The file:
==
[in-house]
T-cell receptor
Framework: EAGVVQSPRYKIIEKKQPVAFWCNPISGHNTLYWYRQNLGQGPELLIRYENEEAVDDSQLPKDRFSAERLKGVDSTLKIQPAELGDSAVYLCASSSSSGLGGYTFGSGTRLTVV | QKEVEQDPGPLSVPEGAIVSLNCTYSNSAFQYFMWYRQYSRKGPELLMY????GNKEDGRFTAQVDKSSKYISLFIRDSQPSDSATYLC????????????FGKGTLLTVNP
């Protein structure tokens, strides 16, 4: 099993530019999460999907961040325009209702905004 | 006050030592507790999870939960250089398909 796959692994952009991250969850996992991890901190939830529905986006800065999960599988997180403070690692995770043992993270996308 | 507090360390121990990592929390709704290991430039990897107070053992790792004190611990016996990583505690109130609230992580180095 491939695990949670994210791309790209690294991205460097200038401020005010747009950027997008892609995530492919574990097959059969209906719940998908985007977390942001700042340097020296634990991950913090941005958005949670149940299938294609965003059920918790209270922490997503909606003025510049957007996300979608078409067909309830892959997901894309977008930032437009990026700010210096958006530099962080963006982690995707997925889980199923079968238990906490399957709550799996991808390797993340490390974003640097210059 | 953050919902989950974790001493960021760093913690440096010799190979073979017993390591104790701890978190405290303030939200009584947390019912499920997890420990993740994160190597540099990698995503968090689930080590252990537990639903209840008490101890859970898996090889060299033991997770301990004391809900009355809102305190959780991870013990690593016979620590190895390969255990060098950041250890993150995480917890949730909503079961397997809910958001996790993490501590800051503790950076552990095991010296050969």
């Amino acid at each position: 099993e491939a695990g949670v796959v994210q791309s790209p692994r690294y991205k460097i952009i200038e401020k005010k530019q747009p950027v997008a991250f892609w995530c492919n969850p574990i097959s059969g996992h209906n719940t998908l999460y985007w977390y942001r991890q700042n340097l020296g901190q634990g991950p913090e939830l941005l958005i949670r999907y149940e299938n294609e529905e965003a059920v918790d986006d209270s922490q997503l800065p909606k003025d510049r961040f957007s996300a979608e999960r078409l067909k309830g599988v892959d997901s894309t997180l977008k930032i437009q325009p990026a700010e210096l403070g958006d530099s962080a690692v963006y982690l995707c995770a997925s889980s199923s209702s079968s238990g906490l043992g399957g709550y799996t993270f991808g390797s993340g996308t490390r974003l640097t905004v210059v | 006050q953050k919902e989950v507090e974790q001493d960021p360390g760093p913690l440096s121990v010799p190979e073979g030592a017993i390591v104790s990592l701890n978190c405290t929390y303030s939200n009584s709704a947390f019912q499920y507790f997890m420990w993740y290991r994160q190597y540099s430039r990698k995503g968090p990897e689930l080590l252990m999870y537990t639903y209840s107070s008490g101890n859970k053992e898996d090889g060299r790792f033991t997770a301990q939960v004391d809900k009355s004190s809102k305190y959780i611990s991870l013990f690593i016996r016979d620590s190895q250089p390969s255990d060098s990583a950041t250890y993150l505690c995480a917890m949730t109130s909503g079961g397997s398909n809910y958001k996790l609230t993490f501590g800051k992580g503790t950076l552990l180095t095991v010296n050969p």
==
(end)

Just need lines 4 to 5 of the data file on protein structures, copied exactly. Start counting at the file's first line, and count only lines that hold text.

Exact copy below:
């Protein structure tokens, strides 16, 4: 099993530019999460999907961040325009209702905004 | 006050030592507790999870939960250089398909 796959692994952009991250969850996992991890901190939830529905986006800065999960599988997180403070690692995770043992993270996308 | 507090360390121990990592929390709704290991430039990897107070053992790792004190611990016996990583505690109130609230992580180095 491939695990949670994210791309790209690294991205460097200038401020005010747009950027997008892609995530492919574990097959059969209906719940998908985007977390942001700042340097020296634990991950913090941005958005949670149940299938294609965003059920918790209270922490997503909606003025510049957007996300979608078409067909309830892959997901894309977008930032437009990026700010210096958006530099962080963006982690995707997925889980199923079968238990906490399957709550799996991808390797993340490390974003640097210059 | 953050919902989950974790001493960021760093913690440096010799190979073979017993390591104790701890978190405290303030939200009584947390019912499920997890420990993740994160190597540099990698995503968090689930080590252990537990639903209840008490101890859970898996090889060299033991997770301990004391809900009355809102305190959780991870013990690593016979620590190895390969255990060098950041250890993150995480917890949730909503079961397997809910958001996790993490501590800051503790950076552990095991010296050969």
């Amino acid at each position: 099993e491939a695990g949670v796959v994210q791309s790209p692994r690294y991205k460097i952009i200038e401020k005010k530019q747009p950027v997008a991250f892609w995530c492919n969850p574990i097959s059969g996992h209906n719940t998908l999460y985007w977390y942001r991890q700042n340097l020296g901190q634990g991950p913090e939830l941005l958005i949670r999907y149940e299938n294609e529905e965003a059920v918790d986006d209270s922490q997503l800065p909606k003025d510049r961040f957007s996300a979608e999960r078409l067909k309830g599988v892959d997901s894309t997180l977008k930032i437009q325009p990026a700010e210096l403070g958006d530099s962080a690692v963006y982690l995707c995770a997925s889980s199923s209702s079968s238990g906490l043992g399957g709550y799996t993270f991808g390797s993340g996308t490390r974003l640097t905004v210059v | 006050q953050k919902e989950v507090e974790q001493d960021p360390g760093p913690l440096s121990v010799p190979e073979g030592a017993i390591v104790s990592l701890n978190c405290t929390y303030s939200n009584s709704a947390f019912q499920y507790f997890m420990w993740y290991r994160q190597y540099s430039r990698k995503g968090p990897e689930l080590l252990m999870y537990t639903y209840s107070s008490g101890n859970k053992e898996d090889g060299r790792f033991t997770a301990q939960v004391d809900k009355s004190s809102k305190y959780i611990s991870l013990f690593i016996r016979d620590s190895q250089p390969s255990d060098s990583a950041t250890y993150l505690c995480a917890m949730t109130s909503g079961g397997s398909n809910y958001k996790l609230t993490f501590g800051k992580g503790t950076l552990l180095t095991v010296n050969p």